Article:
60% of employers will check potential candidates’ social media profiles…

Social media pic


Does your social media profile portray you in a positive light?

Here are some top tips to safeguarding your employability on Social Media.

In the last decade the social media revolution has exploded into 140 characters, hash tags, squad goals, Instagram millionaires and you tube super stars.

It isn’t just geeky/techie Internet communications such as bulletin boards, forums and chatrooms anymore, its so much more. It’s our lives. It now influences how we stay in touch with friends, how we meet romantic partners, how we consume the news and world events, and perhaps most importantly, even how we find employment.

Despite the usefulness of social media, it’s important that it is used as a tool to improve our lives rather than as a way to hinder our prospects.

If you’re looking for a new job having a regularly updated social media presence can be a good thing and will put a prospective candidate in a positive light – especially in certain industries that involve communicating with customers and stakeholders.

Regardless of what industry you’ve chosen (or is your calling), using social media without consideration can seriously harm your chances of landing that dream job.

Some 70% of employers claim to have rejected candidates on the basis of their social media footprint. The internet also is full of stories of people who have offended somebody and ended up losing their job as a result. While it might seem funny or innocuous at the time, always take the greatest consideration.

Here are some other general rules to think about:


  • Think before posting
  • If in doubt about whether the material you’re posting is suitable – save it as a draft.
  • Regularly check your Facebook security settings: Facebook regularly resets these settings leaving most profiles public. Even if you use Facebook in an entirely ‘private’ manner, it still pays to be extra cautious about your settings. Remember: Facebook doesn’t care too much about your privacy.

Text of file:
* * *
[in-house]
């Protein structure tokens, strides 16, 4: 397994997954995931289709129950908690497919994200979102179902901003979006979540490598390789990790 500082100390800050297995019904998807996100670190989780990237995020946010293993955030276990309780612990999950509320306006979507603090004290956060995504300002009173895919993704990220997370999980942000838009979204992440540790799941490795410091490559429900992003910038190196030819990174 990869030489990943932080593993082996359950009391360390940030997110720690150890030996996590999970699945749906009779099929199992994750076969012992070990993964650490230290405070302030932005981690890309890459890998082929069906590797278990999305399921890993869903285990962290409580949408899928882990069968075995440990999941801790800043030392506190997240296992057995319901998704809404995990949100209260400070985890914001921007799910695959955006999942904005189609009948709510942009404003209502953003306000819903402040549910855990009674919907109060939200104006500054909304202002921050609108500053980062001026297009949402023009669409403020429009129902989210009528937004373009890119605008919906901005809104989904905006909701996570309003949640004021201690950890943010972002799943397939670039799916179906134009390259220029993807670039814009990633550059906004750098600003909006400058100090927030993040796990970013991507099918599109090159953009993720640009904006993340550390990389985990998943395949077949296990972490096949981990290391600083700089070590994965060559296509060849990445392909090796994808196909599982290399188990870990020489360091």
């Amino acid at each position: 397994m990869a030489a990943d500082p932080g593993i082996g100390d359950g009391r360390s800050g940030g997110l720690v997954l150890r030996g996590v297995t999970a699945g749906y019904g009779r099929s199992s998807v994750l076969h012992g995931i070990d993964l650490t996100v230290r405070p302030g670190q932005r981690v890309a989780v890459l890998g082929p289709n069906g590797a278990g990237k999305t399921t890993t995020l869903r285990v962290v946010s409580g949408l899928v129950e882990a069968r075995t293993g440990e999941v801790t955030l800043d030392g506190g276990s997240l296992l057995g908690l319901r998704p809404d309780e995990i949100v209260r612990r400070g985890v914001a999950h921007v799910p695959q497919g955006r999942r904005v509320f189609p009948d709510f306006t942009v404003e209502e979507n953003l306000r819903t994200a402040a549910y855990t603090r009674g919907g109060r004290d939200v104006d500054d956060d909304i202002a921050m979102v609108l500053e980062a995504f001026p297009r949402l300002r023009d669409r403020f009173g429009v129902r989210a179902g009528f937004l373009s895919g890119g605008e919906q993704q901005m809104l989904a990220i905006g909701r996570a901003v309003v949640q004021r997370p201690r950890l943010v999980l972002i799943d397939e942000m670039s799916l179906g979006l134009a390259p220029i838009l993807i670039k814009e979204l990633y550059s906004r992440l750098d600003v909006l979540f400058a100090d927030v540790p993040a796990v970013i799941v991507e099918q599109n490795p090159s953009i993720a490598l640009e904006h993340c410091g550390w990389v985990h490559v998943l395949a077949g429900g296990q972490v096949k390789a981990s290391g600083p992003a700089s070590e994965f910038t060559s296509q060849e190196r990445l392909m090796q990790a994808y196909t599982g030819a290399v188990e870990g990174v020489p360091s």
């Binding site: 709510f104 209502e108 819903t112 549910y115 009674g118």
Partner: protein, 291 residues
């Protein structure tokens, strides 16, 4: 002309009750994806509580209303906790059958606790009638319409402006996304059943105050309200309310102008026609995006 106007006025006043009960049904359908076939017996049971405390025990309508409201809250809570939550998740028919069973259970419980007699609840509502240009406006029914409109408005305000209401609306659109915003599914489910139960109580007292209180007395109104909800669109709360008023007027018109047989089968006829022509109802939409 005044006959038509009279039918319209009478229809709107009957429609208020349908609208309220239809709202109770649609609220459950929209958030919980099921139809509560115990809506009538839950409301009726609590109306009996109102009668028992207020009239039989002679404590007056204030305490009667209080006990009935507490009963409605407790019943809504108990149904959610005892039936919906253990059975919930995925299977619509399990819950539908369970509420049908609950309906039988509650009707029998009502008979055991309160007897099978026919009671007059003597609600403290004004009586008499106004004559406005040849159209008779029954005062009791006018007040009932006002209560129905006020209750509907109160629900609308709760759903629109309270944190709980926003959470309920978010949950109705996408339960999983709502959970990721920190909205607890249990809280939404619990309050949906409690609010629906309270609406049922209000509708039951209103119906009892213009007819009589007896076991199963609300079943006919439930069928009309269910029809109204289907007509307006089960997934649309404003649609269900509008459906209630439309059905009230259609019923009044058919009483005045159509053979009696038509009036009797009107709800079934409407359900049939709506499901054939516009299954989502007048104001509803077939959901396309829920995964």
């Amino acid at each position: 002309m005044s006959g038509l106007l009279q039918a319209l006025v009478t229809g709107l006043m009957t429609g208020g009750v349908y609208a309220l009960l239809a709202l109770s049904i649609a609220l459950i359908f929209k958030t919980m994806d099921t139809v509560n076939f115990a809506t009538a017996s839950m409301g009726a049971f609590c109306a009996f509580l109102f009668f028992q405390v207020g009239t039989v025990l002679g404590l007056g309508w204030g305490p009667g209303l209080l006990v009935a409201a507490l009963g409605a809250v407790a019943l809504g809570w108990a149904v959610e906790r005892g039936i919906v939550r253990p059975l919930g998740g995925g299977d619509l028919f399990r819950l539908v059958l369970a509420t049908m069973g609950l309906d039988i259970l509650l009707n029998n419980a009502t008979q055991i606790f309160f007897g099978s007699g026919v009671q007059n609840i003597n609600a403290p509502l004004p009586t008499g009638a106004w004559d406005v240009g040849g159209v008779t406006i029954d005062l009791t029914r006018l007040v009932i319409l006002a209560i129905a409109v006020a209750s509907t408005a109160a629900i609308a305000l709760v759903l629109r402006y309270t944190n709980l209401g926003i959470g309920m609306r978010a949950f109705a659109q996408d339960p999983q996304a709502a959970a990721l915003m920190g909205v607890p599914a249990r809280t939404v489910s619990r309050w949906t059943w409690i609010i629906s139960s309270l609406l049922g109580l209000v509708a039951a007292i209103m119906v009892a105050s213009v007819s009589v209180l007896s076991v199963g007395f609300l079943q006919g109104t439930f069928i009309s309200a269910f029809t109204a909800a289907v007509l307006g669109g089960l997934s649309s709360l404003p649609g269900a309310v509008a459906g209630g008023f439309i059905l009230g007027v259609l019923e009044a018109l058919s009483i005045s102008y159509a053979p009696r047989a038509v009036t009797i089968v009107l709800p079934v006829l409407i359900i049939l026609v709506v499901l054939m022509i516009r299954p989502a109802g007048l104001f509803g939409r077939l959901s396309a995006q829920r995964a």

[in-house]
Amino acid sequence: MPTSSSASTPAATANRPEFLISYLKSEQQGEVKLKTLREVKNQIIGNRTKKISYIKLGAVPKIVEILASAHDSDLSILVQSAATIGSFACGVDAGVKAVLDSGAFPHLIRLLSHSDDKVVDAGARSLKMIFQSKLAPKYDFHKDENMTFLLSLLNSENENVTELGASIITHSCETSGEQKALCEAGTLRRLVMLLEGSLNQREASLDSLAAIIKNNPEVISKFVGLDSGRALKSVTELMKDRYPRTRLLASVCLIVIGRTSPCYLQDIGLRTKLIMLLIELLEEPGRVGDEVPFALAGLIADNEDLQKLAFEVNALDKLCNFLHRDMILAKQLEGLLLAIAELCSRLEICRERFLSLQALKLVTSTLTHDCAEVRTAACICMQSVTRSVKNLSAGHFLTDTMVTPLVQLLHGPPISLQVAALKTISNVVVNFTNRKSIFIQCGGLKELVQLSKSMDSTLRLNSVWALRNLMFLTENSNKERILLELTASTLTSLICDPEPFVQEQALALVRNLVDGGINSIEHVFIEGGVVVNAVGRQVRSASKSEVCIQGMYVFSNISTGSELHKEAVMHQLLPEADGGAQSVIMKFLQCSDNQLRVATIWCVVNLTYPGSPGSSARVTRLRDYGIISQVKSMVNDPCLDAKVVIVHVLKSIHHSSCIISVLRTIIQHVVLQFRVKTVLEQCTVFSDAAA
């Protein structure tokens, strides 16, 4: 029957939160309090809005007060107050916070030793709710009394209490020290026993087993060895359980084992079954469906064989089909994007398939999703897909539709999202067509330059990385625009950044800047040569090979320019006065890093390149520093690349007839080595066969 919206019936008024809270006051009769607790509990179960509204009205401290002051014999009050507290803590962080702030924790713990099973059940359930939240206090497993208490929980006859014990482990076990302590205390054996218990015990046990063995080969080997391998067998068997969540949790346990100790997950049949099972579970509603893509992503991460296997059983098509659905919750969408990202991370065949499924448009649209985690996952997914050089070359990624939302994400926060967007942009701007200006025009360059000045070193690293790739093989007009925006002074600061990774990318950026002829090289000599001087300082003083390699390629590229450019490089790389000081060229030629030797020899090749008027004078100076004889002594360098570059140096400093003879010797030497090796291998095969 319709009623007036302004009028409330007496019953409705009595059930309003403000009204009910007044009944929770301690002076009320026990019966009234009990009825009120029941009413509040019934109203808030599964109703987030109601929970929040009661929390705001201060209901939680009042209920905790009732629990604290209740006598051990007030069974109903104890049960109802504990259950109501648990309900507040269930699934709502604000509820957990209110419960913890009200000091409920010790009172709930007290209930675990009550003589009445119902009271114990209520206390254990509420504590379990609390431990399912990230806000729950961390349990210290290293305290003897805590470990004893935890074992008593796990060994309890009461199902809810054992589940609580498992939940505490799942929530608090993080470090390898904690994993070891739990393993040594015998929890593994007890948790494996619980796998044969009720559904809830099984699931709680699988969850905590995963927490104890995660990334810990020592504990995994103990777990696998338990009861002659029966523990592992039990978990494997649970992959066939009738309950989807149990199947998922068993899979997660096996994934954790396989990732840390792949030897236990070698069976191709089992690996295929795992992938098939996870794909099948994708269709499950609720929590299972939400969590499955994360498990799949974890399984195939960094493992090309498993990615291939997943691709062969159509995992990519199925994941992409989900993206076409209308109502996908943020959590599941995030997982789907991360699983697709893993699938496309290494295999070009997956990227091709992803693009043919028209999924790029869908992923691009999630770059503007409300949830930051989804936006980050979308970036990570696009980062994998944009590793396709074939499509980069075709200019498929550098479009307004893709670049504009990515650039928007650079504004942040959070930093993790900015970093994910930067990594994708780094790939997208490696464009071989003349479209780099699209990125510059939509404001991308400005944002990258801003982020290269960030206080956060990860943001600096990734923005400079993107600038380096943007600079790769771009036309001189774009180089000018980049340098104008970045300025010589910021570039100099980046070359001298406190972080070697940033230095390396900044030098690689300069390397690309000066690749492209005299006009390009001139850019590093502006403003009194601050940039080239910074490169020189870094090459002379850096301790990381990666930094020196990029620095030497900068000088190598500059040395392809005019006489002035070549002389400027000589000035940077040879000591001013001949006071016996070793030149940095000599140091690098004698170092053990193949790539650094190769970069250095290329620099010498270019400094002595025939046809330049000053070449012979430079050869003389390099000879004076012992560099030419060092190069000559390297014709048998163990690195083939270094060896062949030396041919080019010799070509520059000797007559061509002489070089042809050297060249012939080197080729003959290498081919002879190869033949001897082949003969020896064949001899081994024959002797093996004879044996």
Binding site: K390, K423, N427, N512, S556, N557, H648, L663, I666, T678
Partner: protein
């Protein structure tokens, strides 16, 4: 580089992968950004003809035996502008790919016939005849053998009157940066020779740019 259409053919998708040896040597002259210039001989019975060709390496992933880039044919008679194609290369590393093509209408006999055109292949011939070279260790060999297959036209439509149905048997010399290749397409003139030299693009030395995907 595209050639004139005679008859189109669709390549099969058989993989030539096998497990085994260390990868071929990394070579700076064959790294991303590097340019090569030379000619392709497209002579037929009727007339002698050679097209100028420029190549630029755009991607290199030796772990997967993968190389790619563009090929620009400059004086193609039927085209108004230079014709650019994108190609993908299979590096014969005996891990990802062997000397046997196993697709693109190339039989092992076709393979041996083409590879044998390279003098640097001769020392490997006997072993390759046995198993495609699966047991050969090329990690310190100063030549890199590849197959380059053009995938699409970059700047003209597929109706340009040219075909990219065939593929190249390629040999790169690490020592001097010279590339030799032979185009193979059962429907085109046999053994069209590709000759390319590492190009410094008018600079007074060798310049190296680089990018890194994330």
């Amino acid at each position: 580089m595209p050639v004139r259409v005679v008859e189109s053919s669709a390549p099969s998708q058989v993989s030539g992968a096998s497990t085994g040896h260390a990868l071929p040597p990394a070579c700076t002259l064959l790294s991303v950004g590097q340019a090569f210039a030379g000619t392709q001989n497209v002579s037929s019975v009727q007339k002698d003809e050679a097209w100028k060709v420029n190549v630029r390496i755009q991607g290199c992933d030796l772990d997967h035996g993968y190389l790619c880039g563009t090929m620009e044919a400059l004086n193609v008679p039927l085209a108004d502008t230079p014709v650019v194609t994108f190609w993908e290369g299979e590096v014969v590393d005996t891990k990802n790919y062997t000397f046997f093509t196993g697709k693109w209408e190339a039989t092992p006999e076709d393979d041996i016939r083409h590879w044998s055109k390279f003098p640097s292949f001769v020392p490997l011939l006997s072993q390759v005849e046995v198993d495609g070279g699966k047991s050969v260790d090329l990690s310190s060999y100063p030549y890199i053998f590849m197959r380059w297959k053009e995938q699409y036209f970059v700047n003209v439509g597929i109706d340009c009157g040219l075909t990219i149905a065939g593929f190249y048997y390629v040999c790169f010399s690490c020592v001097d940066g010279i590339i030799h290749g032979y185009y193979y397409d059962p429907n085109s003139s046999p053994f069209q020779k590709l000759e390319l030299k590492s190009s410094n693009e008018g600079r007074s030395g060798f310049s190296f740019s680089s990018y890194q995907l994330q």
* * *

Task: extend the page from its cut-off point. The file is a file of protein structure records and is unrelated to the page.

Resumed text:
• Ensure that any photos you’ve been tagged in by friends cannot be publicly seen. It might be fun for other friends to see photos of you drunk or partying – but it won’t make a good impression on a potential employer – so regularly check your privacy settings.
  • Use a variety of social media to create original content that shows off your talents. It’s now an accepted fact that having a Linkedin account with an uploaded CV will help let employers see your academic achievements and skills – but a well-considered social presence on social media demonstrates to potential employers that you’re able to engage with the wider world and it also showcases your technology skills.


  • Post to social media when drunk, angry or late at night.
  • Troll, bad-mouth or be abusive to people. Not only is it bad form (and what would your mother think?) but it could lead to all sorts of problems, examples of which an be found here.
  • Being abusive about somebody on a public forum, such as Twitter, will not only damage your job prospects but can land you in hot water with the law. Defamation and libel are civil offences that can cost those found guilty tens of thousands of pounds in fines. Retweets can also leave you open to this.
  • Post anything on any social media platform that you wouldn’t say to somebody’s face at a job interview, as a general rule.


Social media lets people communicate with the entire world; used correctly it can open doors and create amazing opportunities. Used carelessly it could mean that you end up missing out on the career you want.


This post was written by Beth Gater on behalf of HyperSocial, a Social Media Management company based in St Helens.